With marketers paying so much attention to the social media power of Twitter, there hasn’t been a close look at how well tweets by users on Twitter get indexed nor how much of an impact those tweets have on Google.
Google does not currently have data directly from Twitter (aka “the firehose”) to index tweets. Instead, they simply crawl it as they do any other website. But since they are crawling it, just how do they go about deciding which users to crawl and how much of their tweets to index?
Eric Enge from Stone Temple Consulting has a new study revealing just how likely it is tweets will get indexed by Google. And Enge discovered that indexation of those tweets was far lower than he expected before starting the test.
“Note that measured this 3 different ways,” said Enge. “Two of these use the site: query, which is a notoriously week source of data, but the 3rd method used a direct indexation test on over 19,000 tweets. The indexation rate was just poor no matter how we measured it.”
The first thing Enge found was that you needed to be a user with a high number of followers in order to get more tweets indexed. “The indexation skewed towards very high follower count profiles – those with more than 1 million followers,” said Enge.
They also found that not all tweets were indexed, even by high profile users. “Even among the high authority accounts, indexation rate was slower than expected,” said Enge. Only those with more than 5 million followers had more than 50% of their tweets indexed. And if you had between 500k and 1 million followers, that index rate was a mere 10% of tweets.
Even indexing was slow. While many SEOs believe that Google crawls Twitter for discovery purposes, the data was showing it was too slow to be an effective tool for discovery.
When I look at my personal Twitter account (@jenstar), I have 1,440 tweets indexed out of 6100+ tweets I have made since I joined in April 2007. Even what is indexed varies. Sometimes it is the tweet, other times it picks up navigation on the page or even the promo information used to entice people to sign up for Twitter.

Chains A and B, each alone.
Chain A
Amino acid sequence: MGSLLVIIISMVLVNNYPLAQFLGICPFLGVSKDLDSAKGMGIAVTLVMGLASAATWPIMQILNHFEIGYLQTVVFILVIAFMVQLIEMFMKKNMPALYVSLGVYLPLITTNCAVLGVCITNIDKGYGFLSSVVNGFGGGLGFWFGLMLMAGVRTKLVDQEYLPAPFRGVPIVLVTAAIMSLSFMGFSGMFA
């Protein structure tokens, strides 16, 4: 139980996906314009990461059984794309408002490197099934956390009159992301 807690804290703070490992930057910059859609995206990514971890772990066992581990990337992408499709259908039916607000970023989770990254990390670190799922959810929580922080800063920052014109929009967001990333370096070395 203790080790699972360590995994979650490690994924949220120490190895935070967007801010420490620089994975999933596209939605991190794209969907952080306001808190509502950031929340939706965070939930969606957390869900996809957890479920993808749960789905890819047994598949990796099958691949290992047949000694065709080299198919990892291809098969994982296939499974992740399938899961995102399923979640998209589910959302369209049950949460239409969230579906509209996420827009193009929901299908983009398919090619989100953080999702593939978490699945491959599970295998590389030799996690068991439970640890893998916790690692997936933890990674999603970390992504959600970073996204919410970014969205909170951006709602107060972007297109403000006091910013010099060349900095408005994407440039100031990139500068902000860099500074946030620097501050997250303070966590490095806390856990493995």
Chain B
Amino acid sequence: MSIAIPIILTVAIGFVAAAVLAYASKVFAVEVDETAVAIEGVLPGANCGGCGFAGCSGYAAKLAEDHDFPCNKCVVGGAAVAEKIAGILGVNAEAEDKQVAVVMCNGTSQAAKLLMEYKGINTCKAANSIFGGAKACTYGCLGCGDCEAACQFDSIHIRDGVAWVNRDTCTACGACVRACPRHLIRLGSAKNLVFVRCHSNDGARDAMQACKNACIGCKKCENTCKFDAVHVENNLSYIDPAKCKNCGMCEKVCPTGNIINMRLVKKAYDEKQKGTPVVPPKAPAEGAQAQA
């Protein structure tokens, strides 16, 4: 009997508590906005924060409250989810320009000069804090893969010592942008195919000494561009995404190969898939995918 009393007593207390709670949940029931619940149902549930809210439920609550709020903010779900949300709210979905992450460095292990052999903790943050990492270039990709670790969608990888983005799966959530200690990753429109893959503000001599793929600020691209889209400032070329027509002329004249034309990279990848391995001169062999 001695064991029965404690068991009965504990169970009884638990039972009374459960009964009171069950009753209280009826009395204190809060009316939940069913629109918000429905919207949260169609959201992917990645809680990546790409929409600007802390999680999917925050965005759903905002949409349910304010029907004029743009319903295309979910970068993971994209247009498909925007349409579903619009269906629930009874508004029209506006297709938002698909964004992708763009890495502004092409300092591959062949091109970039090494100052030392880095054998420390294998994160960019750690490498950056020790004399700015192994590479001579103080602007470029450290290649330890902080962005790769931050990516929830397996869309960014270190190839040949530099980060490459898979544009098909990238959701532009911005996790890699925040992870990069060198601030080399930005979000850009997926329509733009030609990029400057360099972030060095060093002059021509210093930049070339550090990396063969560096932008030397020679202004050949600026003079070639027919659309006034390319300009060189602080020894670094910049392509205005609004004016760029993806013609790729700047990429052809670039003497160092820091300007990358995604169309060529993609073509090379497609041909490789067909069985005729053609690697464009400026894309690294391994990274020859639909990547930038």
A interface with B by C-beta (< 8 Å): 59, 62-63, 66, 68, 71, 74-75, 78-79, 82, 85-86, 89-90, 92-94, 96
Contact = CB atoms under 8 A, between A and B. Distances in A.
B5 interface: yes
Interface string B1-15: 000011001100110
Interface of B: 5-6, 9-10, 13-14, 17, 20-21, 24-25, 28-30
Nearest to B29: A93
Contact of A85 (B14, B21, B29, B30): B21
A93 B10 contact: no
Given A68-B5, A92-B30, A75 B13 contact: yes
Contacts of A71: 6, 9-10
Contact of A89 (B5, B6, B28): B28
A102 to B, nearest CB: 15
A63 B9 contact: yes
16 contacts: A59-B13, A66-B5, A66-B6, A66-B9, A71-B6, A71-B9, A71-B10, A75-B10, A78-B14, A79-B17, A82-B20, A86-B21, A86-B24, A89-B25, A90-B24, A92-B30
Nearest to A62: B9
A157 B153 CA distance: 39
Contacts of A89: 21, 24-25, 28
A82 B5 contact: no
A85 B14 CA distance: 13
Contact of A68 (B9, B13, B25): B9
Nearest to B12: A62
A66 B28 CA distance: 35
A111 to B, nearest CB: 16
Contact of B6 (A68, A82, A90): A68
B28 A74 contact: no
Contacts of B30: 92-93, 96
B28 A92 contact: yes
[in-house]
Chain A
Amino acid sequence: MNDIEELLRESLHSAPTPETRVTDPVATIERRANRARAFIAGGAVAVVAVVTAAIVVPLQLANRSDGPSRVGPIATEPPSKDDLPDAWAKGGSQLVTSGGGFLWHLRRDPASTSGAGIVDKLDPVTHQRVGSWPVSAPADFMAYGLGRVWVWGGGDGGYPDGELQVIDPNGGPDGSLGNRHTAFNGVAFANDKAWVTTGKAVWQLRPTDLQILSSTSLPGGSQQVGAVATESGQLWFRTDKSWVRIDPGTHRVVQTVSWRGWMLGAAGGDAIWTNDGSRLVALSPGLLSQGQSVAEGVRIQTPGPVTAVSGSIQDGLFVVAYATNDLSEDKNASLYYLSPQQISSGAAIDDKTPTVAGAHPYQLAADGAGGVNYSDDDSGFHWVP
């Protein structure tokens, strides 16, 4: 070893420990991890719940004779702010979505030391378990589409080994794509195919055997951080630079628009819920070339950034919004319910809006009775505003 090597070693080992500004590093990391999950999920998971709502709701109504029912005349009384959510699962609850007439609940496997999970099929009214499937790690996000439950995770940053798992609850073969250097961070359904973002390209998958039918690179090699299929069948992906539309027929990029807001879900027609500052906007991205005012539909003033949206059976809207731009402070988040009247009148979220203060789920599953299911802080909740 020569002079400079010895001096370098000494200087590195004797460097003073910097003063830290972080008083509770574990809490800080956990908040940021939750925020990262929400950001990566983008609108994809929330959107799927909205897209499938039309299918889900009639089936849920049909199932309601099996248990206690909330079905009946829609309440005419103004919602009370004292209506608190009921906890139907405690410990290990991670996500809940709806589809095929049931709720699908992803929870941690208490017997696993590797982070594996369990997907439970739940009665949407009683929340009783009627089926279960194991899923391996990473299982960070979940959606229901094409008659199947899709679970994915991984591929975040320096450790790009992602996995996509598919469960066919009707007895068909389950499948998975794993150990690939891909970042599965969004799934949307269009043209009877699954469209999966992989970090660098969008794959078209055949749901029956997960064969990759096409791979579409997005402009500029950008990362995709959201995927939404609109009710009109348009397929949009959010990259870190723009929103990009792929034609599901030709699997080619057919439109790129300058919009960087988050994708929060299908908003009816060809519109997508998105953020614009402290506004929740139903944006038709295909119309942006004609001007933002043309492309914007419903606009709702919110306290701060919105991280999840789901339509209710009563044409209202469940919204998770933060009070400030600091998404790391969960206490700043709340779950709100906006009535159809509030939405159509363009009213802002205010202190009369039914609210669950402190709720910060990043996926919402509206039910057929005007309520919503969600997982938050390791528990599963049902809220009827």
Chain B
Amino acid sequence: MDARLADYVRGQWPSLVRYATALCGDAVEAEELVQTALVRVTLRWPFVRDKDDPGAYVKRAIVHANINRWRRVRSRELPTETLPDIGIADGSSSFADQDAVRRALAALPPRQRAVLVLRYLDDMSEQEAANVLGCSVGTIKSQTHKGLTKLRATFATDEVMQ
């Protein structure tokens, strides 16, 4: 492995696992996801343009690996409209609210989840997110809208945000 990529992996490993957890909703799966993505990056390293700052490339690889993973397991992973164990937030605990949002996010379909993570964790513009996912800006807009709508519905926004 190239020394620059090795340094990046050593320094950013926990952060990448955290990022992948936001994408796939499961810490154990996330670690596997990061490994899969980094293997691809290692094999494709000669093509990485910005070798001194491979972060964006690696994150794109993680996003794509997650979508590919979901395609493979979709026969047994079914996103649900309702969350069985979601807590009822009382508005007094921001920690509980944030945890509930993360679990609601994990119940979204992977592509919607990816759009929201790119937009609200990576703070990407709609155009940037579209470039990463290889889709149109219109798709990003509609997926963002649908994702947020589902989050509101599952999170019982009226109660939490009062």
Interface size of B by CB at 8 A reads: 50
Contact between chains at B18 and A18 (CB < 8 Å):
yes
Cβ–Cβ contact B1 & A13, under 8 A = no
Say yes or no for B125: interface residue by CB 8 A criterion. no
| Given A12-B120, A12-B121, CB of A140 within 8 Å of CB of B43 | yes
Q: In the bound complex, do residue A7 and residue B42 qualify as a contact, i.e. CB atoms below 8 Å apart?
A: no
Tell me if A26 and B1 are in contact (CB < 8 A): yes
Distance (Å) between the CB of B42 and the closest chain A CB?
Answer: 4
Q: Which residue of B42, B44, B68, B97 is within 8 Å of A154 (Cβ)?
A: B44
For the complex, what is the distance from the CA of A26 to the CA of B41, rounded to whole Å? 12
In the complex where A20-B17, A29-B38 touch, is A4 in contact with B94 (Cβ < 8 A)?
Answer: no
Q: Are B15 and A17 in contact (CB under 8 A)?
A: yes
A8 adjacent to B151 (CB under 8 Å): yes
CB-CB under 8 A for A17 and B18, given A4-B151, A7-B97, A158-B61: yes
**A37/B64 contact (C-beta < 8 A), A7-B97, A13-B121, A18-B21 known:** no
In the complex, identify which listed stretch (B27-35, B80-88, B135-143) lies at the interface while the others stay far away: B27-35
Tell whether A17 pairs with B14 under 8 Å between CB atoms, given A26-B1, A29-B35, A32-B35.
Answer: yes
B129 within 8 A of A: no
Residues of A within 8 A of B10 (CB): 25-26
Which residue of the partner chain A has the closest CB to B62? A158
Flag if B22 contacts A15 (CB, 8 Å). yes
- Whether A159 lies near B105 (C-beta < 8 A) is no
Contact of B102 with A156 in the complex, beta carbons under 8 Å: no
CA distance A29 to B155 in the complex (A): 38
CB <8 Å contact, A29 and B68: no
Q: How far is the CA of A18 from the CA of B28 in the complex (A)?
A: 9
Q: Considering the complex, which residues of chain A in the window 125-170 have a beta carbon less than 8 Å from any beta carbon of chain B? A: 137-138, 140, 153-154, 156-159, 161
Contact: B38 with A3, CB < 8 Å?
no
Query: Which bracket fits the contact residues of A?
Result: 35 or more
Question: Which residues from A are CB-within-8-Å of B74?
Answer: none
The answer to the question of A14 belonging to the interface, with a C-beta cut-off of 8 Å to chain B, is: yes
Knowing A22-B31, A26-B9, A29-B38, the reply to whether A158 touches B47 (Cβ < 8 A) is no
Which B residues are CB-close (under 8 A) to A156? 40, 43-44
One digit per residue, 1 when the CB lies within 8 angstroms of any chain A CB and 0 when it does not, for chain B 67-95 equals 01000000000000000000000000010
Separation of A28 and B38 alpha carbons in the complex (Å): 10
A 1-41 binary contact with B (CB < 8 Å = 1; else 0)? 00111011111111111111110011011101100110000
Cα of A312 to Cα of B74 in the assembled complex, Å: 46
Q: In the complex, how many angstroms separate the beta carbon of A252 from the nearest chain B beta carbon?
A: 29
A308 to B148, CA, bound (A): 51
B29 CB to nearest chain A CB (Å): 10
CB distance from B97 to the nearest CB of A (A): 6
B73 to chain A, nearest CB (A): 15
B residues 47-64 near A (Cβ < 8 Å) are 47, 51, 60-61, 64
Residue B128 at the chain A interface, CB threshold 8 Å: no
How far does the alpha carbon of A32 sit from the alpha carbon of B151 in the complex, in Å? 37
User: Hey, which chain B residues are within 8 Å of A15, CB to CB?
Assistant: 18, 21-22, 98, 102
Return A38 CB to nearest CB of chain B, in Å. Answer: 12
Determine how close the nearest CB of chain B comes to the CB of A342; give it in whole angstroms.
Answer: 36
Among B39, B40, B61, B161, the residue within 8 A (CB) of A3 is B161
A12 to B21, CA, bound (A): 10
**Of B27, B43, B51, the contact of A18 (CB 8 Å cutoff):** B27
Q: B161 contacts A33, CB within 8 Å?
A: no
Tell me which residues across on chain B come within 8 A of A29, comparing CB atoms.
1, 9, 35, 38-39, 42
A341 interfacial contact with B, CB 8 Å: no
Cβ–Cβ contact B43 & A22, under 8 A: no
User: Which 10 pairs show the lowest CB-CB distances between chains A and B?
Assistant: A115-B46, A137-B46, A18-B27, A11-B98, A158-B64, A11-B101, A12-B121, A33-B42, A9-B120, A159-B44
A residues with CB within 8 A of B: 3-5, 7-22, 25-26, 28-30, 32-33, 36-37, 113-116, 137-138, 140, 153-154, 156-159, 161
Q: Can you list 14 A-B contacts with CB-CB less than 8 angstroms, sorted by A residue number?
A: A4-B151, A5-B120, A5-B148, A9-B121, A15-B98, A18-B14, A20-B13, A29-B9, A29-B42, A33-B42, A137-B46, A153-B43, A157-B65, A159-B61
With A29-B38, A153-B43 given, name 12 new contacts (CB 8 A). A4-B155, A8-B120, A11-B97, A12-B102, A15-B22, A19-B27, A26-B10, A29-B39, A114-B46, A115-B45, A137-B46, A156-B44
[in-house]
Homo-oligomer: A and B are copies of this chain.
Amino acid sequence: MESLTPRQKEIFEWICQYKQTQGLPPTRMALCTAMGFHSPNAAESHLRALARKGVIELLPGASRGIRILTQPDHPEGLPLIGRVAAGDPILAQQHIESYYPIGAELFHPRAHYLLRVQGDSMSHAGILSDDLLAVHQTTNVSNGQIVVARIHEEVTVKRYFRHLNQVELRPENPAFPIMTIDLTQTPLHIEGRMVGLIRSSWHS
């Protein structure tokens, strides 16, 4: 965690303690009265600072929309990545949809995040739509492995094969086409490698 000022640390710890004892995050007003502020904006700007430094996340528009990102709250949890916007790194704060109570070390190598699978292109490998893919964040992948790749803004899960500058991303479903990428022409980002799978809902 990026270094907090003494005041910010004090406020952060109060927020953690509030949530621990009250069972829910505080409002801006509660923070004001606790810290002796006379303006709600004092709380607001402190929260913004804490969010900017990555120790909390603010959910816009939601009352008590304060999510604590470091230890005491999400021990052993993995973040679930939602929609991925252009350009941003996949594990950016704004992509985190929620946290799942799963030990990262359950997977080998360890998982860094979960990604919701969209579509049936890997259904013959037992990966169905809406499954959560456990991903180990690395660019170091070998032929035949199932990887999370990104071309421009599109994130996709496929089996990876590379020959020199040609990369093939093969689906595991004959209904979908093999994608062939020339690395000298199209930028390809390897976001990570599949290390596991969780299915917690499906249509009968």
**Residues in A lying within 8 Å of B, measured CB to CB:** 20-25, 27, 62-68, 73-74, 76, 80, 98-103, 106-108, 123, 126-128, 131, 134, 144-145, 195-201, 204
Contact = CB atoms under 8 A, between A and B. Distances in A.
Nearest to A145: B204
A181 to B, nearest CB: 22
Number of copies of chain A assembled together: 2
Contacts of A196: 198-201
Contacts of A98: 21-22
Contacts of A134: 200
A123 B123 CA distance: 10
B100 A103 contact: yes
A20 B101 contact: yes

When looking at @TheSEMPost, this newer account only has 3 tweets indexed, and two of those are the profile page, one with https:// and the other without. The non secure URL also had a description of “A description for this result is not available because of this site’s robots.txt”
To search for how many tweets you have made that are indexed, simply use site:www.twitter.com/username/ However, the advanced date search doesn’t accurately display tweets by date.
So what does this mean for SEO value on Twitter? “To me, this argues that there is not much SEO value being seen in Twitter by Google,” said Enge. Twitter long ago made all links no follow (although some will remember the bio description URL loophole that remained for quite some time after all other links were made no follow), so there is no value directly from Google.
That said, SEOs shouldn’t discount Twitter simply because not many tweets get indexed, as the value goes far beyond that simply from traffic alone, not to mention others who might link to it from their own sites, with do follow links.
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